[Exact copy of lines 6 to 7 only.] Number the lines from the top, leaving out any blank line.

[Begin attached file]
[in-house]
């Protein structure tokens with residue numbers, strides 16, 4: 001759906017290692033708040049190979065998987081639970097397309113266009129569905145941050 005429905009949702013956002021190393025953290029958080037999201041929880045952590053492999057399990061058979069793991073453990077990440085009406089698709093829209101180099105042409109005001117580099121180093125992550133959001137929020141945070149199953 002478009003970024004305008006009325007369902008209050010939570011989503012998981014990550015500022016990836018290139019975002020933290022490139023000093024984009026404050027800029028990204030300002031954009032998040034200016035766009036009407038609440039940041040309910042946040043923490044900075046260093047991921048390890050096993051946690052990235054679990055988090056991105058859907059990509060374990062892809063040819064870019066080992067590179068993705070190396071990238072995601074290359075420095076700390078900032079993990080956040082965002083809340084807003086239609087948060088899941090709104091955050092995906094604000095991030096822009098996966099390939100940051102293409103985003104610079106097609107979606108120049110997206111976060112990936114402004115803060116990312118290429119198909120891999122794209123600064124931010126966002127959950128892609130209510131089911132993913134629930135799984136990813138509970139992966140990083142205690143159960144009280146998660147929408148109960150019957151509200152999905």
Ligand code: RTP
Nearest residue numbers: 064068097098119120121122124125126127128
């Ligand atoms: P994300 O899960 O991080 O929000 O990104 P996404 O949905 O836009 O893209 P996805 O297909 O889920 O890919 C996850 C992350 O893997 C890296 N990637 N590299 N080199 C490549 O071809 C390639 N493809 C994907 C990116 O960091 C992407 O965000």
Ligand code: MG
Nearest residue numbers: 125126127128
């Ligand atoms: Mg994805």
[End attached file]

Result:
Ligand code: MG
Nearest residue numbers: 125126127128